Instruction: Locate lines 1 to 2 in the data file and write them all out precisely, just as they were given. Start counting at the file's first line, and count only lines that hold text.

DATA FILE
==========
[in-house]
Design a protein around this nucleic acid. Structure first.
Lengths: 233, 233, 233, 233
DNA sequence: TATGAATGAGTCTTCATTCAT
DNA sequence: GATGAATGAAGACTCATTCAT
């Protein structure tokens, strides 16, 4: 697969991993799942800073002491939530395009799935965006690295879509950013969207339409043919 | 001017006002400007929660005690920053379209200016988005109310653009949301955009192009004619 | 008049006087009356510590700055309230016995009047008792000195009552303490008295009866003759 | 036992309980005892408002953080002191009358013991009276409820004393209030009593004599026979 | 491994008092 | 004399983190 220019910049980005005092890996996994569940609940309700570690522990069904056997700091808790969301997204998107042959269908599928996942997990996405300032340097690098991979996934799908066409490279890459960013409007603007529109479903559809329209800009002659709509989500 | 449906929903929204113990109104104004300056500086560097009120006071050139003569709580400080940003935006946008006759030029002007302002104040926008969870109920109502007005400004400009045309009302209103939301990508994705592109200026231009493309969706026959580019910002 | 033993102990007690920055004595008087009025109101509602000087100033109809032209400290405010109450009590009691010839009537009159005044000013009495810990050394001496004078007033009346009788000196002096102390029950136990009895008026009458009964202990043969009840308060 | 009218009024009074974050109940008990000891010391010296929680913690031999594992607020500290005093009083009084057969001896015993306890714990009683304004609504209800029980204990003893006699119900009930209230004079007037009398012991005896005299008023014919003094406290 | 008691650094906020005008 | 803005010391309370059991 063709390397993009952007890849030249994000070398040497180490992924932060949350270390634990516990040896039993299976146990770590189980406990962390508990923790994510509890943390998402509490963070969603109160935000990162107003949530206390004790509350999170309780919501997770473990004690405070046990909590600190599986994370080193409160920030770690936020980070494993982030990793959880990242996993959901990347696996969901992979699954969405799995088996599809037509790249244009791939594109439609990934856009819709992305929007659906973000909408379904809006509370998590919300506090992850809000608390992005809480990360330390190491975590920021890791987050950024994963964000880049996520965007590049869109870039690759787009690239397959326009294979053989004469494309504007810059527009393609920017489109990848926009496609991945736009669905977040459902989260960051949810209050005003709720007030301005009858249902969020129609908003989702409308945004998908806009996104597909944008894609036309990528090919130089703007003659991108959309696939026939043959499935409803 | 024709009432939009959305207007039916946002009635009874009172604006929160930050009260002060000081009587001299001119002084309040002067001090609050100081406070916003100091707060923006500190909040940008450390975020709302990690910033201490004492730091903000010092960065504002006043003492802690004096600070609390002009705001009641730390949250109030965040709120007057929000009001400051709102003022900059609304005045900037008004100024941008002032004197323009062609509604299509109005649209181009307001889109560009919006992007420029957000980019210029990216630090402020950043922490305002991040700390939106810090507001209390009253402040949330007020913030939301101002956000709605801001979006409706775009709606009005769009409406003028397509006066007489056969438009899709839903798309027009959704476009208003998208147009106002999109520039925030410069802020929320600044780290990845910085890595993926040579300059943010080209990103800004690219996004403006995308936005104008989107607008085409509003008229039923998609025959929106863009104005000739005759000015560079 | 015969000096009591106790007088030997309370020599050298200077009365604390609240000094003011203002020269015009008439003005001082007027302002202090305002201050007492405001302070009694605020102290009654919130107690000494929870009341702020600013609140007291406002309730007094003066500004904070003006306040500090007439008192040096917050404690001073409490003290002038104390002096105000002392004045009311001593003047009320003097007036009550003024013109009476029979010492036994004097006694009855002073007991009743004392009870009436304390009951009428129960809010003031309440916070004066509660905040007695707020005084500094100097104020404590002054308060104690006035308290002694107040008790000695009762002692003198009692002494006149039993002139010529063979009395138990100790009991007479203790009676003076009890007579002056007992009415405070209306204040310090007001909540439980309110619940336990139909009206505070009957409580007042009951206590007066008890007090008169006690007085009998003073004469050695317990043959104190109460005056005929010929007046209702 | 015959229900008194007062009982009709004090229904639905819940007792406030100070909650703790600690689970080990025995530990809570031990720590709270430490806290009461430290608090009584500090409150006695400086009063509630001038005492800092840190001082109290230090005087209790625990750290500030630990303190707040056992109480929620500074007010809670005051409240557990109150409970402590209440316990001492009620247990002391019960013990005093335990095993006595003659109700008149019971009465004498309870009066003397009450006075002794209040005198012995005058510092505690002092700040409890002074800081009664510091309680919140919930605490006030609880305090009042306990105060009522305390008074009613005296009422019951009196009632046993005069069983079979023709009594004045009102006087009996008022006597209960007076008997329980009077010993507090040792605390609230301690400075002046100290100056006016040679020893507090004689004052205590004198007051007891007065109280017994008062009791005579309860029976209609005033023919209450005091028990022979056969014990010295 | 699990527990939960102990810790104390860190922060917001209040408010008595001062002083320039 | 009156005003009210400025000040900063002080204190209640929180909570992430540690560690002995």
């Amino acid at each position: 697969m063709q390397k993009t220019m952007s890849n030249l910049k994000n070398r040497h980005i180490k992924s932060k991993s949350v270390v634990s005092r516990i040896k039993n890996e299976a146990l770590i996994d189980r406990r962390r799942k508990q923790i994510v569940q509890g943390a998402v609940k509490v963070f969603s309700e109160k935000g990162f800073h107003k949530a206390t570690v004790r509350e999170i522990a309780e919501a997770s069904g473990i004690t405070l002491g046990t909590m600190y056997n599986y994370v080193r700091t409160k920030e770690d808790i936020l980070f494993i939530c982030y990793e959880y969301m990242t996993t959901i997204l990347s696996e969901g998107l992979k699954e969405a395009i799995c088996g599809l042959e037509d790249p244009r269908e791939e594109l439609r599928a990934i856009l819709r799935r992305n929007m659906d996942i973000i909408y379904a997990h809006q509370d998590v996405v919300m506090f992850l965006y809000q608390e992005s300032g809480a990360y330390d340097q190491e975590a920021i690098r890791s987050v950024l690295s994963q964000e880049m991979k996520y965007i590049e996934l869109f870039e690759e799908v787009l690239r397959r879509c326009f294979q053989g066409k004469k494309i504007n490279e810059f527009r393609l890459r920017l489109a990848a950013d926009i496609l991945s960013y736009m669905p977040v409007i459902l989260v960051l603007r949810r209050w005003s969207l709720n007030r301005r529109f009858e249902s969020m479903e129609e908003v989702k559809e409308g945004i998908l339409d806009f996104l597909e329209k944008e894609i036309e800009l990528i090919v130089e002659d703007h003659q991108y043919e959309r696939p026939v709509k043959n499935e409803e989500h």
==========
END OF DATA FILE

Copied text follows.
[in-house]
Design a protein around this nucleic acid. Structure first.